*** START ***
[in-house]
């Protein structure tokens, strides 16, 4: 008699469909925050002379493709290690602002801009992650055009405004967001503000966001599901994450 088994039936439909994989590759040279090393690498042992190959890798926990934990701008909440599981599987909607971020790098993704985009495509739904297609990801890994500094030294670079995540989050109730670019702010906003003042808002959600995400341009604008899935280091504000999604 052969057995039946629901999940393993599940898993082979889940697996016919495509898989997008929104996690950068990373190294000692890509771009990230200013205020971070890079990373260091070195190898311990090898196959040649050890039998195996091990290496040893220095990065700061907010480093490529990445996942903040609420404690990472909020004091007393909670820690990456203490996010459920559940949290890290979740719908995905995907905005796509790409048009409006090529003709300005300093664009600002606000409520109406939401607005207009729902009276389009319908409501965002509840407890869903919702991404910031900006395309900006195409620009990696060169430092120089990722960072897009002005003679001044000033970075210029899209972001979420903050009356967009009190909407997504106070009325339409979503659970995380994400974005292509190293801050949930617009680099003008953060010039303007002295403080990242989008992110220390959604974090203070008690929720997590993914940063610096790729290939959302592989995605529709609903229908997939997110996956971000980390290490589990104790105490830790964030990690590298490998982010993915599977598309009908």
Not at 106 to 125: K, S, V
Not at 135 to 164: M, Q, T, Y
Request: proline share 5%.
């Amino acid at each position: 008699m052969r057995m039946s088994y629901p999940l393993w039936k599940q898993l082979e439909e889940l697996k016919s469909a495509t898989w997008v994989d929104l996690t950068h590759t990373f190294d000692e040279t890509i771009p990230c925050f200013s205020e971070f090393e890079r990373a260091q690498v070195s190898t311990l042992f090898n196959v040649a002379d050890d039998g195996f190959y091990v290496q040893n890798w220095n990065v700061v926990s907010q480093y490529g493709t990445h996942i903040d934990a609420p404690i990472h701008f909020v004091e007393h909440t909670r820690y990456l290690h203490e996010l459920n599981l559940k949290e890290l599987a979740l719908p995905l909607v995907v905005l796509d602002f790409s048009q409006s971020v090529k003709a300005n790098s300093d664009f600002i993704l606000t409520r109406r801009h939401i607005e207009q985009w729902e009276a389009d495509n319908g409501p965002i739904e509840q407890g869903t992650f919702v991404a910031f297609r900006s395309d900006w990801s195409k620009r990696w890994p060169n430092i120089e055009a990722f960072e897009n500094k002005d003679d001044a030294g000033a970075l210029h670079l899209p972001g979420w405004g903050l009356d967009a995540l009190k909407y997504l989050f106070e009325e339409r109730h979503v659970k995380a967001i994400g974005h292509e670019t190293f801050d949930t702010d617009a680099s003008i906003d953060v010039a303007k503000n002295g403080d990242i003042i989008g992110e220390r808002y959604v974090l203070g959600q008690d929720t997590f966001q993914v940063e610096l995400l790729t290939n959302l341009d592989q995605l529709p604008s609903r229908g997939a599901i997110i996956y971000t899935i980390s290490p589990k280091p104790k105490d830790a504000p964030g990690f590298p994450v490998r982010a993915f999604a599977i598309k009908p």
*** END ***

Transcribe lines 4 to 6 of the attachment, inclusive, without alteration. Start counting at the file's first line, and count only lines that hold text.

Not at 135 to 164: M, Q, T, Y
Request: proline share 5%.
């Amino acid at each position: 008699m052969r057995m039946s088994y629901p999940l393993w039936k599940q898993l082979e439909e889940l697996k016919s469909a495509t898989w997008v994989d929104l996690t950068h590759t990373f190294d000692e040279t890509i771009p990230c925050f200013s205020e971070f090393e890079r990373a260091q690498v070195s190898t311990l042992f090898n196959v040649a002379d050890d039998g195996f190959y091990v290496q040893n890798w220095n990065v700061v926990s907010q480093y490529g493709t990445h996942i903040d934990a609420p404690i990472h701008f909020v004091e007393h909440t909670r820690y990456l290690h203490e996010l459920n599981l559940k949290e890290l599987a979740l719908p995905l909607v995907v905005l796509d602002f790409s048009q409006s971020v090529k003709a300005n790098s300093d664009f600002i993704l606000t409520r109406r801009h939401i607005e207009q985009w729902e009276a389009d495509n319908g409501p965002i739904e509840q407890g869903t992650f919702v991404a910031f297609r900006s395309d900006w990801s195409k620009r990696w890994p060169n430092i120089e055009a990722f960072e897009n500094k002005d003679d001044a030294g000033a970075l210029h670079l899209p972001g979420w405004g903050l009356d967009a995540l009190k909407y997504l989050f106070e009325e339409r109730h979503v659970k995380a967001i994400g974005h292509e670019t190293f801050d949930t702010d617009a680099s003008i906003d953060v010039a303007k503000n002295g403080d990242i003042i989008g992110e220390r808002y959604v974090l203070g959600q008690d929720t997590f966001q993914v940063e610096l995400l790729t290939n959302l341009d592989q995605l529709p604008s609903r229908g997939a599901i997110i996956y971000t899935i980390s290490p589990k280091p104790k105490d830790a504000p964030g990690f590298p994450v490998r982010a993915f999604a599977i598309k009908p």